Context: The medial end of the posterior border of the sphenoid bone presents the anterior clinoid process (ACP), which is usually accessed for operations involving the clinoid space and the cavernous sinus. The ACP is often connected to the middle clinoid process (MCP) by a ligament known as the caroticoclinoid ligament (CCL), which may be ossified, forming the caroticoclinoid foramen (CCF). Variations in the ACP other than ossification are rare. The ossified CCL may have compressive effects on the internal carotid artery. Thus, anatomical and radiological knowledge of the ACP and the clinoid space is also important when operating on the internal carotid artery. Excision of the ACP may be required for many skull-based surgical procedures, and the presence of any anomalies such as ossified CCL may pose a problem for neurosurgeons. Case Report: We observed the presence of ossified CCL in a skull bone. A detailed radiological study of the CCL and the CCF was conducted. Morphometric measurements were recorded and photographs were taken. The ACP was connected to the MCP and was converted into a CCF. Considering the fact that standard anatomy textbook do not provide morphological descriptions and radiological evaluations of the CCL, the present study may be important for neurosurgeons operating in the region of the ACP.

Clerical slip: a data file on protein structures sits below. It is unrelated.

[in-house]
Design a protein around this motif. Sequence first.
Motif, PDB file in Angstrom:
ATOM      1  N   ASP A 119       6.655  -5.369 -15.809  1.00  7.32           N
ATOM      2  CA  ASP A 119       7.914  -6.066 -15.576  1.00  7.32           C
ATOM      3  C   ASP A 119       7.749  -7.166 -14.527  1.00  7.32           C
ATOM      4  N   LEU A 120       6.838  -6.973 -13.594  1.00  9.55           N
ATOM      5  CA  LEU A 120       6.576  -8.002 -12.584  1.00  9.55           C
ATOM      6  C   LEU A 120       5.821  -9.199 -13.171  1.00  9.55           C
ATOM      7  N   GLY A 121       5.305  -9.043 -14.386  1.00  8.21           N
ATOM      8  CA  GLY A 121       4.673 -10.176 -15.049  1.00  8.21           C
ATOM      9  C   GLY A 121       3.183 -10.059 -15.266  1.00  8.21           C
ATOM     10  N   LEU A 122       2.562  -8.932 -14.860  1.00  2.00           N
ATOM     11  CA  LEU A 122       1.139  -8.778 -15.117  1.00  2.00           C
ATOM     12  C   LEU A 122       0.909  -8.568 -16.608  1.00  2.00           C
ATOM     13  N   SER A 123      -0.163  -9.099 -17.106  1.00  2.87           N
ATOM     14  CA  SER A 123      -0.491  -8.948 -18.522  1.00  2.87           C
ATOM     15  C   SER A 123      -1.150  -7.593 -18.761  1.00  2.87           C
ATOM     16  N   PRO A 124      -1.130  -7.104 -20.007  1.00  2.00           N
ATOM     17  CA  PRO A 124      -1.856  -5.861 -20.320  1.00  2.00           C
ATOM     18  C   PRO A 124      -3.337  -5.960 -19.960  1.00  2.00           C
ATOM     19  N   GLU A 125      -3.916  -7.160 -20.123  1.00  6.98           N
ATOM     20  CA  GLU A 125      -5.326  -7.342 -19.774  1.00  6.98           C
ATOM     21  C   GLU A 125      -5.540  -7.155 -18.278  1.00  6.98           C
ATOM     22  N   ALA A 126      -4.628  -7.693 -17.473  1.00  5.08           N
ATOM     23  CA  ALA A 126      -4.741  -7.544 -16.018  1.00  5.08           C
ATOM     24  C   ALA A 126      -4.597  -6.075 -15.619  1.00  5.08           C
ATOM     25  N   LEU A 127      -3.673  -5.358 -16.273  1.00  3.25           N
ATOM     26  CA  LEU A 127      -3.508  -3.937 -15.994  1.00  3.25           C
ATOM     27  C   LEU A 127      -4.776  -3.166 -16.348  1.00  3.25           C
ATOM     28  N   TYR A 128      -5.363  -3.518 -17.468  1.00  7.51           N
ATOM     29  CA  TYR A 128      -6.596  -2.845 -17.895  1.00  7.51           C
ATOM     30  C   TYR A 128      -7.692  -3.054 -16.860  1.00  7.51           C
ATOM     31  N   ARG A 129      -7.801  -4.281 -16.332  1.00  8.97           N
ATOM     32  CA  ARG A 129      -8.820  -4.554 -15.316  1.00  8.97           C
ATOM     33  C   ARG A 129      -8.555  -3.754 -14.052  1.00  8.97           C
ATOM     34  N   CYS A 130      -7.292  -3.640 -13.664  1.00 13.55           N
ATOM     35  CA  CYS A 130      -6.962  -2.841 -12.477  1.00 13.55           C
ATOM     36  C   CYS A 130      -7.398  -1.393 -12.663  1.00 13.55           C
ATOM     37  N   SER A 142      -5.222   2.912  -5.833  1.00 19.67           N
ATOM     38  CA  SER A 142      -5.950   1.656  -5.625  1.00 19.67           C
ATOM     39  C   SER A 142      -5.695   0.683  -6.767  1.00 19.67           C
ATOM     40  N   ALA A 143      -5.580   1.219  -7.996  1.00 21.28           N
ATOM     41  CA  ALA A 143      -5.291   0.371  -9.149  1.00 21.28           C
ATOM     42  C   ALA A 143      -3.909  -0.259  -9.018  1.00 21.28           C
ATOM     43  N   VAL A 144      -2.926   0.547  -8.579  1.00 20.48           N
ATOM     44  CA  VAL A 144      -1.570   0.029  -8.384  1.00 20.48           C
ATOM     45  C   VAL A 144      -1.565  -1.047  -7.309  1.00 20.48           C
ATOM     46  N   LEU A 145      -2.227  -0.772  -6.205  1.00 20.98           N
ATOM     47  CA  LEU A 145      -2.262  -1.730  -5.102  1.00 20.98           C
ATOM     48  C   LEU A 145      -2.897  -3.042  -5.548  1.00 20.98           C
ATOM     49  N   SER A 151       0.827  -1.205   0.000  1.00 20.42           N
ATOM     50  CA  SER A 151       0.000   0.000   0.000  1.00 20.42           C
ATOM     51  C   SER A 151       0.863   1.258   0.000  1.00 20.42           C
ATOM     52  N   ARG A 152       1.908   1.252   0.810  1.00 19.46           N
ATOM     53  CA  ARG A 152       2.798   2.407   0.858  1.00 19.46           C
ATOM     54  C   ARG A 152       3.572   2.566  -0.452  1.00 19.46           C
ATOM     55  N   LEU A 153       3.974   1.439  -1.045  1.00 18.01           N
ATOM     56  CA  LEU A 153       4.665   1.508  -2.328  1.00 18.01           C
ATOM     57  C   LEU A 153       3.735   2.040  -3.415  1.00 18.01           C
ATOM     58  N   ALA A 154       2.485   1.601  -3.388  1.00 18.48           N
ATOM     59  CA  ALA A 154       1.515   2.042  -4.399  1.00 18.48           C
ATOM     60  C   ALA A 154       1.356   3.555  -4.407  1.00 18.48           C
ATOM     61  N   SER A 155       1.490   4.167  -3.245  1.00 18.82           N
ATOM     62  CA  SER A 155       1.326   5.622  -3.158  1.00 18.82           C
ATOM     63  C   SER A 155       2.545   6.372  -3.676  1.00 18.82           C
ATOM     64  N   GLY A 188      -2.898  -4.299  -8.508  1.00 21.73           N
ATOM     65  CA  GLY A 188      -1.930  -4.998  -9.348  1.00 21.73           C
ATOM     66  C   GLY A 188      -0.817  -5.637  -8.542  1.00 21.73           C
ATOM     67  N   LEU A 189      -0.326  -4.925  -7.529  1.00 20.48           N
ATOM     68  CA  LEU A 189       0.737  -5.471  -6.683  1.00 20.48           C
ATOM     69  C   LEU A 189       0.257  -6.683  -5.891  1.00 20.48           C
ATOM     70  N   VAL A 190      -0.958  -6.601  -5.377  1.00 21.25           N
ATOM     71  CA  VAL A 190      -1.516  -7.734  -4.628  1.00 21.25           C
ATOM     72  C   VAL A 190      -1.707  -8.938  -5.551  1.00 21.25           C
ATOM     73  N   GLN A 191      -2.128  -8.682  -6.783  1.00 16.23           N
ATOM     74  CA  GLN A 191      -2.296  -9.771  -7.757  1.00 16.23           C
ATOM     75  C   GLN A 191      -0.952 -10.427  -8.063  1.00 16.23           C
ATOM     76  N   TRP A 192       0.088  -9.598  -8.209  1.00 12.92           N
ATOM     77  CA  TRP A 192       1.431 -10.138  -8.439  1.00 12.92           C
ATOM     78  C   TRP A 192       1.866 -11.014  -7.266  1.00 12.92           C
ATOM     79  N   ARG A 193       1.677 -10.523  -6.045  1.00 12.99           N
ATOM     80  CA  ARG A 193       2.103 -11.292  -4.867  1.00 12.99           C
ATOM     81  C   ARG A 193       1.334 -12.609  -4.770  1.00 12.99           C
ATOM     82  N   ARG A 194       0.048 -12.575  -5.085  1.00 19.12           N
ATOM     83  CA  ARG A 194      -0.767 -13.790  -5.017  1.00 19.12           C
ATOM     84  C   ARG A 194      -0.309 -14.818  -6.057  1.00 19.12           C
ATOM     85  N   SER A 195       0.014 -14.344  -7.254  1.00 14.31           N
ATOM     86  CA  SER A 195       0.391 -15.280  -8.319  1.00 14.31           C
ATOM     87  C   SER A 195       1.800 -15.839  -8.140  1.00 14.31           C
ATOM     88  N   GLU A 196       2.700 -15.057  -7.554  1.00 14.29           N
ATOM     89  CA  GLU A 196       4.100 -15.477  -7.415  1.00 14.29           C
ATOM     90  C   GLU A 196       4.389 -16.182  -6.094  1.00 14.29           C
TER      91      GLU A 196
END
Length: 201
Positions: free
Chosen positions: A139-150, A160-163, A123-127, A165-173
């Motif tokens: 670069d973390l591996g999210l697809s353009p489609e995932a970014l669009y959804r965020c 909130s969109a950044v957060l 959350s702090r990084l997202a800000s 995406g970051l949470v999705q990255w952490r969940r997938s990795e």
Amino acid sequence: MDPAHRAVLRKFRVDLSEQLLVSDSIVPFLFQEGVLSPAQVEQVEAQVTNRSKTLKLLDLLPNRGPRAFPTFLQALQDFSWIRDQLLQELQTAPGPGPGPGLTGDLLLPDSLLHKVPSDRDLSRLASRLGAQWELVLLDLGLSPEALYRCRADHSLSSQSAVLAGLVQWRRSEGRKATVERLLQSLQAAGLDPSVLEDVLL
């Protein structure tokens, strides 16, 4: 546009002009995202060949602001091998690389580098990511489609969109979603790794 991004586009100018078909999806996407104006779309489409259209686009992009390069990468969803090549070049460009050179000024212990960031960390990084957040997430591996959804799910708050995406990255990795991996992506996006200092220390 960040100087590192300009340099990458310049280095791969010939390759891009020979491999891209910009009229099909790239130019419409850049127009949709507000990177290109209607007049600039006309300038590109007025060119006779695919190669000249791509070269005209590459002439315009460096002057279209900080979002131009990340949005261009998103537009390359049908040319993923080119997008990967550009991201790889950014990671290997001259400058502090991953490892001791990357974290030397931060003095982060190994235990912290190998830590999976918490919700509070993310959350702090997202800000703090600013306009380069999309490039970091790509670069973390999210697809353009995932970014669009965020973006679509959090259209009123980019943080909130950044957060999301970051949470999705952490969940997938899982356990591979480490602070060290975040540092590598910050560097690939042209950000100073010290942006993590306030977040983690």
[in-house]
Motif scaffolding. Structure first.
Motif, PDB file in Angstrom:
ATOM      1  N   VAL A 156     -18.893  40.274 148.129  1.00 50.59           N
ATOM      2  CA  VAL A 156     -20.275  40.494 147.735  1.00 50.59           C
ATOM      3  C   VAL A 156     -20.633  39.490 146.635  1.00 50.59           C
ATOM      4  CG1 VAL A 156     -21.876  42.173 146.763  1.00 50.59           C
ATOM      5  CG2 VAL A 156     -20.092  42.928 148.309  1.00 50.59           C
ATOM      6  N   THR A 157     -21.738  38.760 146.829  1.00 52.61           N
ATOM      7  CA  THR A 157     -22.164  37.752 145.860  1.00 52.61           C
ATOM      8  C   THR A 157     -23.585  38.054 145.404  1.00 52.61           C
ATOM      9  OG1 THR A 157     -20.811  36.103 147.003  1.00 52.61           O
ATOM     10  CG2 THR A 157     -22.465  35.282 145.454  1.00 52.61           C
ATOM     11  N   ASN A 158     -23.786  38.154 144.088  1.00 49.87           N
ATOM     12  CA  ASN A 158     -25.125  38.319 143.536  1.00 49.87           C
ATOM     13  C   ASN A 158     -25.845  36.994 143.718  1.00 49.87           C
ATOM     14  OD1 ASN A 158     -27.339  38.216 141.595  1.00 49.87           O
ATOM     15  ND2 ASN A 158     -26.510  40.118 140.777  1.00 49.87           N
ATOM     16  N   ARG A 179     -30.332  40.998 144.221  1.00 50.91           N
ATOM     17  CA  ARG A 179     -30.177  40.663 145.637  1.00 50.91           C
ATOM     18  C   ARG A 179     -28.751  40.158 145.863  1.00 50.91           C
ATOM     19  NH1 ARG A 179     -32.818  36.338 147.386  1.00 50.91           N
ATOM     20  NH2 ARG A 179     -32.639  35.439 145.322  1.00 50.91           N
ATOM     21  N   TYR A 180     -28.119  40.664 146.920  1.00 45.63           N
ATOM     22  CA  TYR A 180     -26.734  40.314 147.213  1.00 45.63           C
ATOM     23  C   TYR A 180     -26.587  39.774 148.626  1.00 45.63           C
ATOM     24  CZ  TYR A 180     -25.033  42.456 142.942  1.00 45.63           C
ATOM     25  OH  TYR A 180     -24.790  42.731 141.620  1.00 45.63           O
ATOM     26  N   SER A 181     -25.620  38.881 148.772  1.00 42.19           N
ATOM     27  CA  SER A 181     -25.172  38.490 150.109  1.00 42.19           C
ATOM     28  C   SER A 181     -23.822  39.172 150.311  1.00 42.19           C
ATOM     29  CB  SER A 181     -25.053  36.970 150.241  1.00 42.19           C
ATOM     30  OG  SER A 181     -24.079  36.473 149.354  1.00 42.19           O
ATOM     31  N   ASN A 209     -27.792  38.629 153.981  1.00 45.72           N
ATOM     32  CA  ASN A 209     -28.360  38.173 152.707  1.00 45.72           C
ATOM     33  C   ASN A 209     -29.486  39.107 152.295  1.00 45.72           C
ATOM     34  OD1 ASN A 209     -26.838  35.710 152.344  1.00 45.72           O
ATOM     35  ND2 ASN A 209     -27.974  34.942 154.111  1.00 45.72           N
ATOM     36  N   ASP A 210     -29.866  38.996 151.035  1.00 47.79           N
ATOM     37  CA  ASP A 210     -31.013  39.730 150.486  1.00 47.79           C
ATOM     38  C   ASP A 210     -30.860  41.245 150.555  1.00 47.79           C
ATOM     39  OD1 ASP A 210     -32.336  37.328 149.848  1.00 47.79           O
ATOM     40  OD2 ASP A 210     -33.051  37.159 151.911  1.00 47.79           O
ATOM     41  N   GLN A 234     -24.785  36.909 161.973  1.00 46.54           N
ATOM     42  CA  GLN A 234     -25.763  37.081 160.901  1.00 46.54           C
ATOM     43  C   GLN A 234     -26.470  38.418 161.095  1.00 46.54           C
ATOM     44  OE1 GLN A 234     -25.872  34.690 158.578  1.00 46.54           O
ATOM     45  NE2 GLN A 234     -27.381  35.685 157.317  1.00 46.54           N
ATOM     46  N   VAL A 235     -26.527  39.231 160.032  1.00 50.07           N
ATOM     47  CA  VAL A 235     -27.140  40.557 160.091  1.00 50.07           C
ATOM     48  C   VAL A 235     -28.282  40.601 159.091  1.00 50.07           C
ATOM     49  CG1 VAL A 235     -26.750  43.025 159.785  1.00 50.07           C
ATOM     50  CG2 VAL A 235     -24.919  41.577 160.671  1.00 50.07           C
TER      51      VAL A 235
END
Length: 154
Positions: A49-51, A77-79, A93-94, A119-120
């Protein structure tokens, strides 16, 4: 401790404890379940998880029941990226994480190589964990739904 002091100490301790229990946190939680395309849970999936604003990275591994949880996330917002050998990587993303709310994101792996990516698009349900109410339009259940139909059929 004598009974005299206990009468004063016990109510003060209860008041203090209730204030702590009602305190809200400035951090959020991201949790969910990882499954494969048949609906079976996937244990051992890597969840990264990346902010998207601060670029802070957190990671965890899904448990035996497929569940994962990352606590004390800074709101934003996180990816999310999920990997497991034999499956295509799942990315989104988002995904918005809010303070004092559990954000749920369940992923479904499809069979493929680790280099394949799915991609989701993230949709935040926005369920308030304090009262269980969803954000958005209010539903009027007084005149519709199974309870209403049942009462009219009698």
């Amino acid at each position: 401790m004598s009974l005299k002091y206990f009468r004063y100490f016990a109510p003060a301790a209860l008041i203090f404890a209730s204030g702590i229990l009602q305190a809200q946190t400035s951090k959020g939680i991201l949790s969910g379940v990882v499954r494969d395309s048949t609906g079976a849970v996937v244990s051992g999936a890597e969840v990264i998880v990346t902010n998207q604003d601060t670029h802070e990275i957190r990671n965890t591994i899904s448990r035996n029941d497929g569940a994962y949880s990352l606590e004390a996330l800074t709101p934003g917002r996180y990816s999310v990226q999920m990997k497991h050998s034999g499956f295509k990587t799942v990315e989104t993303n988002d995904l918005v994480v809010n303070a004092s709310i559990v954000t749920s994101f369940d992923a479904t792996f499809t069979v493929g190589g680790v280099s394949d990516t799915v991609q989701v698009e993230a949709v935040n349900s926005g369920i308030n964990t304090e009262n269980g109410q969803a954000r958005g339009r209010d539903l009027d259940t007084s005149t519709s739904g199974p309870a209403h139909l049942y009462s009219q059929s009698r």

- Sphenoid bone
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